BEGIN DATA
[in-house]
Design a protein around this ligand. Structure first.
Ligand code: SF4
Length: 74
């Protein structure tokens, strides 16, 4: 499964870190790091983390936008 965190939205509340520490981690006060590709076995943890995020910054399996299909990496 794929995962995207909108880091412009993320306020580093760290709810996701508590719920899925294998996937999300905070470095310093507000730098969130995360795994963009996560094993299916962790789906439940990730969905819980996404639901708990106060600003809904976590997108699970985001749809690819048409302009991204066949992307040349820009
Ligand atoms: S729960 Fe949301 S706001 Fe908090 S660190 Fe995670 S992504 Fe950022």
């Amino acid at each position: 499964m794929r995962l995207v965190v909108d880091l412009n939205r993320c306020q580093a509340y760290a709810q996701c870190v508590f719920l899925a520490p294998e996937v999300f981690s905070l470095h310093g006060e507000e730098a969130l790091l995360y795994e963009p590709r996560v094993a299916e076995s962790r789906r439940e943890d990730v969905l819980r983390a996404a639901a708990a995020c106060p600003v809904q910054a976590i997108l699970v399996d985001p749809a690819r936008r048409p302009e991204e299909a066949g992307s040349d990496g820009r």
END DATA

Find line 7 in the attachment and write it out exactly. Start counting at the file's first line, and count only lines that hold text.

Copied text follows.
């Amino acid at each position: 499964m794929r995962l995207v965190v909108d880091l412009n939205r993320c306020q580093a509340y760290a709810q996701c870190v508590f719920l899925a520490p294998e996937v999300f981690s905070l470095h310093g006060e507000e730098a969130l790091l995360y795994e963009p590709r996560v094993a299916e076995s962790r789906r439940e943890d990730v969905l819980r983390a996404a639901a708990a995020c106060p600003v809904q910054a976590i997108l699970v399996d985001p749809a690819r936008r048409p302009e991204e299909a066949g992307s040349d990496g820009r």